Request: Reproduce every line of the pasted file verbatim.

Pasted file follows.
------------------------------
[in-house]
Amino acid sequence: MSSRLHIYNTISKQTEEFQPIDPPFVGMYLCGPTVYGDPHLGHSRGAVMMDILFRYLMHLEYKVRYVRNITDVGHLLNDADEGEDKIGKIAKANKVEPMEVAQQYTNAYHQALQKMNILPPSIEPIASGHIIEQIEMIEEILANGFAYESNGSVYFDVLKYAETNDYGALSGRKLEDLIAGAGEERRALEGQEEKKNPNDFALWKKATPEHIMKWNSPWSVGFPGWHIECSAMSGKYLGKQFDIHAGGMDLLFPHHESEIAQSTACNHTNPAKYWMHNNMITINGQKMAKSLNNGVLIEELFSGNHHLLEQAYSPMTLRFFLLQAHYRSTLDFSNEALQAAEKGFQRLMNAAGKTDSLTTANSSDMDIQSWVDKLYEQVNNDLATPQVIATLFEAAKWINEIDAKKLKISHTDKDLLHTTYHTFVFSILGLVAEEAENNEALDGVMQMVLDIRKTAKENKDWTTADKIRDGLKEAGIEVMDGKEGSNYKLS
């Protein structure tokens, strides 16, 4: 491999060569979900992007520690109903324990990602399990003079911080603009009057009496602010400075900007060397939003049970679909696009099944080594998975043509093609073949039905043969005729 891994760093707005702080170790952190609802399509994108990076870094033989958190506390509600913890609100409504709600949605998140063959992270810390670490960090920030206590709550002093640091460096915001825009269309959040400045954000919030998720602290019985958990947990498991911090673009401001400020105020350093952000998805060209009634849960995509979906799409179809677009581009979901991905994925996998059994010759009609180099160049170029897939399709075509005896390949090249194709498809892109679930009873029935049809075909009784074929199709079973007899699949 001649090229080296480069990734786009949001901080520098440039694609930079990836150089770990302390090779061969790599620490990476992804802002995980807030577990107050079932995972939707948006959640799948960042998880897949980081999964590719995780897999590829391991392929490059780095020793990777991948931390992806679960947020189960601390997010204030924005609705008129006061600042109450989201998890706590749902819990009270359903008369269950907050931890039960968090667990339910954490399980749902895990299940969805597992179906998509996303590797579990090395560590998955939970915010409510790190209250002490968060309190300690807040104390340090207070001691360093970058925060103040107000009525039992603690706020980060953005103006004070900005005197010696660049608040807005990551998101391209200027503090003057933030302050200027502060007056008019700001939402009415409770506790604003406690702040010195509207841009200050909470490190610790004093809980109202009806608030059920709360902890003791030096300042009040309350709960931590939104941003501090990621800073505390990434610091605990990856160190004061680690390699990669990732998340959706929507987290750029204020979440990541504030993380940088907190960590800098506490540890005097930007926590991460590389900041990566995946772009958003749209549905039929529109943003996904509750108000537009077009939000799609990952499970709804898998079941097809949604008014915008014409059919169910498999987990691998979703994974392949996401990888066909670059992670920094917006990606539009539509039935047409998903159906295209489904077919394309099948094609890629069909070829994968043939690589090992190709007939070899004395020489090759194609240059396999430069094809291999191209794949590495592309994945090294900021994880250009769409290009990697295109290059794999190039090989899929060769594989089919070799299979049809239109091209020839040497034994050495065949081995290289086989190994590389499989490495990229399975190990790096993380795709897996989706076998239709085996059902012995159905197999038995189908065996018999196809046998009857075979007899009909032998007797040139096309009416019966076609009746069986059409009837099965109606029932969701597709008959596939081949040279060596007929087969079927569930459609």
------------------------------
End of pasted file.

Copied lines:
[in-house]
Amino acid sequence: MSSRLHIYNTISKQTEEFQPIDPPFVGMYLCGPTVYGDPHLGHSRGAVMMDILFRYLMHLEYKVRYVRNITDVGHLLNDADEGEDKIGKIAKANKVEPMEVAQQYTNAYHQALQKMNILPPSIEPIASGHIIEQIEMIEEILANGFAYESNGSVYFDVLKYAETNDYGALSGRKLEDLIAGAGEERRALEGQEEKKNPNDFALWKKATPEHIMKWNSPWSVGFPGWHIECSAMSGKYLGKQFDIHAGGMDLLFPHHESEIAQSTACNHTNPAKYWMHNNMITINGQKMAKSLNNGVLIEELFSGNHHLLEQAYSPMTLRFFLLQAHYRSTLDFSNEALQAAEKGFQRLMNAAGKTDSLTTANSSDMDIQSWVDKLYEQVNNDLATPQVIATLFEAAKWINEIDAKKLKISHTDKDLLHTTYHTFVFSILGLVAEEAENNEALDGVMQMVLDIRKTAKENKDWTTADKIRDGLKEAGIEVMDGKEGSNYKLS
């Protein structure tokens, strides 16, 4: 491999060569979900992007520690109903324990990602399990003079911080603009009057009496602010400075900007060397939003049970679909696009099944080594998975043509093609073949039905043969005729 891994760093707005702080170790952190609802399509994108990076870094033989958190506390509600913890609100409504709600949605998140063959992270810390670490960090920030206590709550002093640091460096915001825009269309959040400045954000919030998720602290019985958990947990498991911090673009401001400020105020350093952000998805060209009634849960995509979906799409179809677009581009979901991905994925996998059994010759009609180099160049170029897939399709075509005896390949090249194709498809892109679930009873029935049809075909009784074929199709079973007899699949 001649090229080296480069990734786009949001901080520098440039694609930079990836150089770990302390090779061969790599620490990476992804802002995980807030577990107050079932995972939707948006959640799948960042998880897949980081999964590719995780897999590829391991392929490059780095020793990777991948931390992806679960947020189960601390997010204030924005609705008129006061600042109450989201998890706590749902819990009270359903008369269950907050931890039960968090667990339910954490399980749902895990299940969805597992179906998509996303590797579990090395560590998955939970915010409510790190209250002490968060309190300690807040104390340090207070001691360093970058925060103040107000009525039992603690706020980060953005103006004070900005005197010696660049608040807005990551998101391209200027503090003057933030302050200027502060007056008019700001939402009415409770506790604003406690702040010195509207841009200050909470490190610790004093809980109202009806608030059920709360902890003791030096300042009040309350709960931590939104941003501090990621800073505390990434610091605990990856160190004061680690390699990669990732998340959706929507987290750029204020979440990541504030993380940088907190960590800098506490540890005097930007926590991460590389900041990566995946772009958003749209549905039929529109943003996904509750108000537009077009939000799609990952499970709804898998079941097809949604008014915008014409059919169910498999987990691998979703994974392949996401990888066909670059992670920094917006990606539009539509039935047409998903159906295209489904077919394309099948094609890629069909070829994968043939690589090992190709007939070899004395020489090759194609240059396999430069094809291999191209794949590495592309994945090294900021994880250009769409290009990697295109290059794999190039090989899929060769594989089919070799299979049809239109091209020839040497034994050495065949081995290289086989190994590389499989490495990229399975190990790096993380795709897996989706076998239709085996059902012995159905197999038995189908065996018999196809046998009857075979007899009909032998007797040139096309009416019966076609009746069986059409009837099965109606029932969701597709008959596939081949040279060596007929087969079927569930459609």